Who is King Chephren?
King A.K. Khafre one of the most significant rulers of the 4th dynasty in ancient Egyptian history was a monarch named Chephren. He is King Khufu’s son, who constructed the Great Pyramid of Giza. Between 2558 and 2532 B.C., he was the Egyptian pharaoh (2686-2150 BC). His name translates to “The Appearing of Ra.” He had numerous wives, but Queen Mereceankh was his principal consort. He also had 12 sons and 3 daughters. He built the Giza Complex’s second largest Pyramid out of a desire to carry on his father’s legacy. He also built the renowned Sphinx and the enormous Valley temple.
Pyramid of Chephren
The 4th dynasty, in 2540 BC, built the second pyramid of the Giza complex. The pyramid’s name in Egyptian is “Wer (en)-Khafre,” which translates to “Khafre Is Great.” Its interior construction, which rises to a height of 136.4 (448 ft) on a base of 215.5 m, was built from Tura limestone blocks, each of which weighed two tonnes (706 ft.).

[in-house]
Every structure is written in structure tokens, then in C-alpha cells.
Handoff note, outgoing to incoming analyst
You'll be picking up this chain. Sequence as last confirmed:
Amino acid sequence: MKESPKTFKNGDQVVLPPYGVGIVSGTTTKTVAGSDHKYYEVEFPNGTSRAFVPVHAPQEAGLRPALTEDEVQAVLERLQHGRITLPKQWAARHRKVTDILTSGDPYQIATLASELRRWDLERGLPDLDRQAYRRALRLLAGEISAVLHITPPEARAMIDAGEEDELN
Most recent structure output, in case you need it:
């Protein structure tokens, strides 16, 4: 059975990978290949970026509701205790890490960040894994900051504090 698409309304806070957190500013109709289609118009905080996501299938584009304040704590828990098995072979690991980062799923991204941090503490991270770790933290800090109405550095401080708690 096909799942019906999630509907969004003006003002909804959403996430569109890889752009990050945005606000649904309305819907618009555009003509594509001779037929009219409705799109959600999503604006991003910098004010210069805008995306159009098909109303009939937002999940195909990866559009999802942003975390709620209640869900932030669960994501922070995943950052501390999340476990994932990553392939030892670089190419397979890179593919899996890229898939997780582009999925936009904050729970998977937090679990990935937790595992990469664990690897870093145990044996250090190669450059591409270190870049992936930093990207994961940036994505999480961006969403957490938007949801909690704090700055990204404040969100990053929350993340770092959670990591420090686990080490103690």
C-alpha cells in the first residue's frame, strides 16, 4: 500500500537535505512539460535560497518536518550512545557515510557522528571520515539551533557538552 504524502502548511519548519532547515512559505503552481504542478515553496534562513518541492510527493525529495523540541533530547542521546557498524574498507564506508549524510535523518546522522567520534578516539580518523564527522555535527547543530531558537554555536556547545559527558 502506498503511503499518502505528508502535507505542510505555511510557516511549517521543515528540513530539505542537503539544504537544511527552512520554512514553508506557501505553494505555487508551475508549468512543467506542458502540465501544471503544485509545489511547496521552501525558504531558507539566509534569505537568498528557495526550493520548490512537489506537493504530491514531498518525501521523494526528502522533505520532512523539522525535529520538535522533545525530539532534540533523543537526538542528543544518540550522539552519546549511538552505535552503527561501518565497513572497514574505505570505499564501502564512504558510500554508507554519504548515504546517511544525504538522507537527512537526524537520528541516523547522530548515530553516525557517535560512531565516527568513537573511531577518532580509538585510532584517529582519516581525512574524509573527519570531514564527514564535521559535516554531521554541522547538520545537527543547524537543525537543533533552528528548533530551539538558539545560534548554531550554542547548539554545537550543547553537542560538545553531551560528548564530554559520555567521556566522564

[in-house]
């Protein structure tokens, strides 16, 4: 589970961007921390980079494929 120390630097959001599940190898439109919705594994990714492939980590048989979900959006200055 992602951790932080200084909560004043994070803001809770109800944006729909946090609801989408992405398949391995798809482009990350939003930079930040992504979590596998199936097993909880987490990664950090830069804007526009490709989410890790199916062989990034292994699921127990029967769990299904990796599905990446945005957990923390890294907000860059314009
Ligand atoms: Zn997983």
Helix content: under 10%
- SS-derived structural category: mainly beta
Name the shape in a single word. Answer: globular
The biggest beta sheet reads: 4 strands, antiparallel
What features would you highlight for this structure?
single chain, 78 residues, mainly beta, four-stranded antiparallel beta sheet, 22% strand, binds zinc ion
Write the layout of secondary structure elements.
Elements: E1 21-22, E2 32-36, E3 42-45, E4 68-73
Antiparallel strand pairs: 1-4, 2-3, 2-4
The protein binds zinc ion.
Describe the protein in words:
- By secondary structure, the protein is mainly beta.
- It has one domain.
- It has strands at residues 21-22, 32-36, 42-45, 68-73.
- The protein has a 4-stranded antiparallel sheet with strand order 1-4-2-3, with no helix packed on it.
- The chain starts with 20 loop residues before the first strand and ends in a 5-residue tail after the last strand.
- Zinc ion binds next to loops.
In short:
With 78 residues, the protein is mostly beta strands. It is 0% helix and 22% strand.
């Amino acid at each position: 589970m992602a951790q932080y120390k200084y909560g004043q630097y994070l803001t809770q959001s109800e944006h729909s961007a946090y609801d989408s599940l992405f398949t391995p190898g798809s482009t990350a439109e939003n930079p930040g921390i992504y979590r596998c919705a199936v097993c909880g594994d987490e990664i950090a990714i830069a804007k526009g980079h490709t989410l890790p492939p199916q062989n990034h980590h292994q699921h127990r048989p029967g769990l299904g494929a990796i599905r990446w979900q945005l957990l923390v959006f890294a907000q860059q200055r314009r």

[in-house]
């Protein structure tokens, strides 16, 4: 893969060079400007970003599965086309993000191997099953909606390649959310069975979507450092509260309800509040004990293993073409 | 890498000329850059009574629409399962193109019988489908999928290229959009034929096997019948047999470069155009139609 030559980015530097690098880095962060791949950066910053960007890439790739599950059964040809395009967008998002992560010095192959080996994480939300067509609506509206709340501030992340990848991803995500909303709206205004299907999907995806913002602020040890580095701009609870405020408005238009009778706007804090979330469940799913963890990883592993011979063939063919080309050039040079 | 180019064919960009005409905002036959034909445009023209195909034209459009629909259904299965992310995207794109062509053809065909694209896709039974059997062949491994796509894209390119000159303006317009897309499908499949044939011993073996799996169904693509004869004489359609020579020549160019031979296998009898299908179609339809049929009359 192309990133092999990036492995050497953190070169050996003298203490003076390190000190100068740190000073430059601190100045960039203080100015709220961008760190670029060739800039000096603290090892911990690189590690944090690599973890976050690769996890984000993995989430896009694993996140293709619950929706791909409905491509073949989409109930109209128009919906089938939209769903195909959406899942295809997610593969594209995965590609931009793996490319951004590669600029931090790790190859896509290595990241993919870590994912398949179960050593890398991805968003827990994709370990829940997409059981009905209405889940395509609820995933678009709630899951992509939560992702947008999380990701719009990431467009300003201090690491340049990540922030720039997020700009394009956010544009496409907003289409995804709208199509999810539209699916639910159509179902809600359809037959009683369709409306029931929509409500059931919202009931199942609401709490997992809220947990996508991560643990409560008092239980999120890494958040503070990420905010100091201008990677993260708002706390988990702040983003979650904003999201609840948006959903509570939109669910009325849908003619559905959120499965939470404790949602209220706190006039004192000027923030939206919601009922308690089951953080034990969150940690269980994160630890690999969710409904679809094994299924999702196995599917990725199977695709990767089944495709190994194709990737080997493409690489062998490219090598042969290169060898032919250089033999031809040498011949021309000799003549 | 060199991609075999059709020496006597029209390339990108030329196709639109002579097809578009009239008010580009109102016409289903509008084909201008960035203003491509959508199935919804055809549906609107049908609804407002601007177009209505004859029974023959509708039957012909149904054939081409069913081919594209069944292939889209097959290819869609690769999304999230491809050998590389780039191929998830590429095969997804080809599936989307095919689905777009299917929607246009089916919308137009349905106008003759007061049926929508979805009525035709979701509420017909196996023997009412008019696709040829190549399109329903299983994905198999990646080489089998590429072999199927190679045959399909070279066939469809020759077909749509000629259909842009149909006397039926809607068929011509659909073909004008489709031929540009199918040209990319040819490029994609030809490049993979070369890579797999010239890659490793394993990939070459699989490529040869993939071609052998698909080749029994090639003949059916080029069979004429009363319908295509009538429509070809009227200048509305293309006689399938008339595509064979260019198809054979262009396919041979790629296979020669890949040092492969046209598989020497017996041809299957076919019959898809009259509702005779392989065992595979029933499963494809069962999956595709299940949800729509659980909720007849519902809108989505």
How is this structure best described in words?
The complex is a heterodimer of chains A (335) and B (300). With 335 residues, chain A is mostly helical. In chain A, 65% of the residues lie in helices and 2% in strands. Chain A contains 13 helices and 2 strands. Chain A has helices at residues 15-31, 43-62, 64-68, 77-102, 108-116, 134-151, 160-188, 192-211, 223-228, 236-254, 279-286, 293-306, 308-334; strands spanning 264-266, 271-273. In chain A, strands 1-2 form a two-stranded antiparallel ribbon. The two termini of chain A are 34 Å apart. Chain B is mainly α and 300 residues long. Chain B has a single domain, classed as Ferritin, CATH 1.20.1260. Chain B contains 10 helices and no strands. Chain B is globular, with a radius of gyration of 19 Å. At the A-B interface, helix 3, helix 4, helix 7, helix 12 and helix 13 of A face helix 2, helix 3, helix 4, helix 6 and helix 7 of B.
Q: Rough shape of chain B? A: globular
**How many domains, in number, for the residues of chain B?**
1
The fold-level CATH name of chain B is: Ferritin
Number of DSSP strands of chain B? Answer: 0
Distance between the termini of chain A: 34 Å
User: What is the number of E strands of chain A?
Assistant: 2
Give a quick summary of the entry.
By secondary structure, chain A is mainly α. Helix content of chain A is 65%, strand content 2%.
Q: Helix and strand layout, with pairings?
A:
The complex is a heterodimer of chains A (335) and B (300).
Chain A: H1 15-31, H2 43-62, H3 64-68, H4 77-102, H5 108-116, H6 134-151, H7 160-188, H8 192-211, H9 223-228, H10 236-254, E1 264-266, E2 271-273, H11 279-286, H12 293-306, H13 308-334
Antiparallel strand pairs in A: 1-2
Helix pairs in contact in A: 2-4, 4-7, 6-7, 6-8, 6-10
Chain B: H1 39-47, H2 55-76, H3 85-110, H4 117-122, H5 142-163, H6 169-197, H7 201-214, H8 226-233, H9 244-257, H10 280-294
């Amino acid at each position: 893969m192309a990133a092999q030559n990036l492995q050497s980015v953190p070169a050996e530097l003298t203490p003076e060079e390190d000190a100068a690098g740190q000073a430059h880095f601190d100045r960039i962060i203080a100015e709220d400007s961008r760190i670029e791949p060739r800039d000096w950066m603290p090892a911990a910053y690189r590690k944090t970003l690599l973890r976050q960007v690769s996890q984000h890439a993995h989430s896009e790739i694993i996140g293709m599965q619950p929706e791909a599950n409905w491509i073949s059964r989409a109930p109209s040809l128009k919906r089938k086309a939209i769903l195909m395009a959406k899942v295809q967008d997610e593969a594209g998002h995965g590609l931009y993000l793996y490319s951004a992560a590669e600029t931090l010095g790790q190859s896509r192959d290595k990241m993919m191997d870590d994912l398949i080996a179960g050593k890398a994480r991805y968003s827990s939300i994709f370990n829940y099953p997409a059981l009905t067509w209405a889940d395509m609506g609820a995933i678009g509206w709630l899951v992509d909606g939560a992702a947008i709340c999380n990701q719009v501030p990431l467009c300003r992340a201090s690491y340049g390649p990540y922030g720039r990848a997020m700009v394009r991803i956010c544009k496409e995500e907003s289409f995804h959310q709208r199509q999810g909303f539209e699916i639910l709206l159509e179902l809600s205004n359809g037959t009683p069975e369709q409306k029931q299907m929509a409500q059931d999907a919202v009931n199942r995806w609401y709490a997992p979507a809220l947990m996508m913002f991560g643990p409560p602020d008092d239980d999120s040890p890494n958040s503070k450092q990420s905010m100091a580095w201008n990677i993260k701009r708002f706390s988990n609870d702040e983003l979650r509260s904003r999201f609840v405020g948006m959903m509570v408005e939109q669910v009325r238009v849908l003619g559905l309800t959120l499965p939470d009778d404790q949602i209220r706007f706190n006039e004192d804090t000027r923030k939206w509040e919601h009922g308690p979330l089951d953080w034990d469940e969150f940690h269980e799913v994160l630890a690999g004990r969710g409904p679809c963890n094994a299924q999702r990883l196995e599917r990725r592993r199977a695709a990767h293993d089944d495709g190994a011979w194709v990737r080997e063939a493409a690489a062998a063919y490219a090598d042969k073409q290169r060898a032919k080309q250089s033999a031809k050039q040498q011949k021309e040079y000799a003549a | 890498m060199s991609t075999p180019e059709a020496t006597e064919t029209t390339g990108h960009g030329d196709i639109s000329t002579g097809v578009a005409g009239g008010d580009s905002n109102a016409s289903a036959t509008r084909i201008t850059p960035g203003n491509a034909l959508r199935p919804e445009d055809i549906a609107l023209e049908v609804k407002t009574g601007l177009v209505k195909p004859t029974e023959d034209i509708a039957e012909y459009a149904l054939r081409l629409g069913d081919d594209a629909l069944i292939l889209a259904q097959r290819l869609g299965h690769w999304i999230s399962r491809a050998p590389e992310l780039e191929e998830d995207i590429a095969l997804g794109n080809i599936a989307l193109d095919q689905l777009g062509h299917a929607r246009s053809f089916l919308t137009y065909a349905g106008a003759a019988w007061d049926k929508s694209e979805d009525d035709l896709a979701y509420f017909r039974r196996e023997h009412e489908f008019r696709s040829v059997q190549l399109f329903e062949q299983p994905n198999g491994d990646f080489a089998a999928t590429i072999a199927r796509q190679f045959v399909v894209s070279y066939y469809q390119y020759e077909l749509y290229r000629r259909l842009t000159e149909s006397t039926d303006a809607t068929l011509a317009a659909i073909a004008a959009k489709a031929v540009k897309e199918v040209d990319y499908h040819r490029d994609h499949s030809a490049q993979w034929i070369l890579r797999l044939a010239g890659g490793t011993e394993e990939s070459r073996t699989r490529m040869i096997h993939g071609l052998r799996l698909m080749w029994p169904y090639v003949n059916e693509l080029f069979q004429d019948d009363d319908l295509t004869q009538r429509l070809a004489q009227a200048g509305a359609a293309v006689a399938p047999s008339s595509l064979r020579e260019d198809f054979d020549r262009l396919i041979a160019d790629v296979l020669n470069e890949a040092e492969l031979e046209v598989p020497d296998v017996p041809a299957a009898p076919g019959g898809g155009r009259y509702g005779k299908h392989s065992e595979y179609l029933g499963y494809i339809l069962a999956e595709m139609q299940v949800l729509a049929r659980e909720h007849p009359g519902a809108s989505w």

The Great Sphinx of Chephren
The Great Sphinx, a mythical creature with a lion’s body and a human face, is located next to the Valley temple. It was constructed to guard the area and safeguard it from grave thieves. Its height is 240 feet (73 meters) and it is 66 feet long (20 m). It is situated on a terrace in front of the enormous second pyramid and is thought to contain the visage of Khafre ruler Kefren. The exact age, origin, and function of the Sphinx are surrounded by many controversies, mysteries, and unresolved issues.
The Valley Temple of Chephren
Red granite was used to build the Valley Temple’s blocks, which are still in excellent condition today. Additionally, large statues of King Chephren, made of the extremely difficult-to-carve stone diorite, have been found at The Valley temple and are currently housed in the Egyptian Museum in Cairo. During the ancient Egyptian era, statues were used to guard the major deity.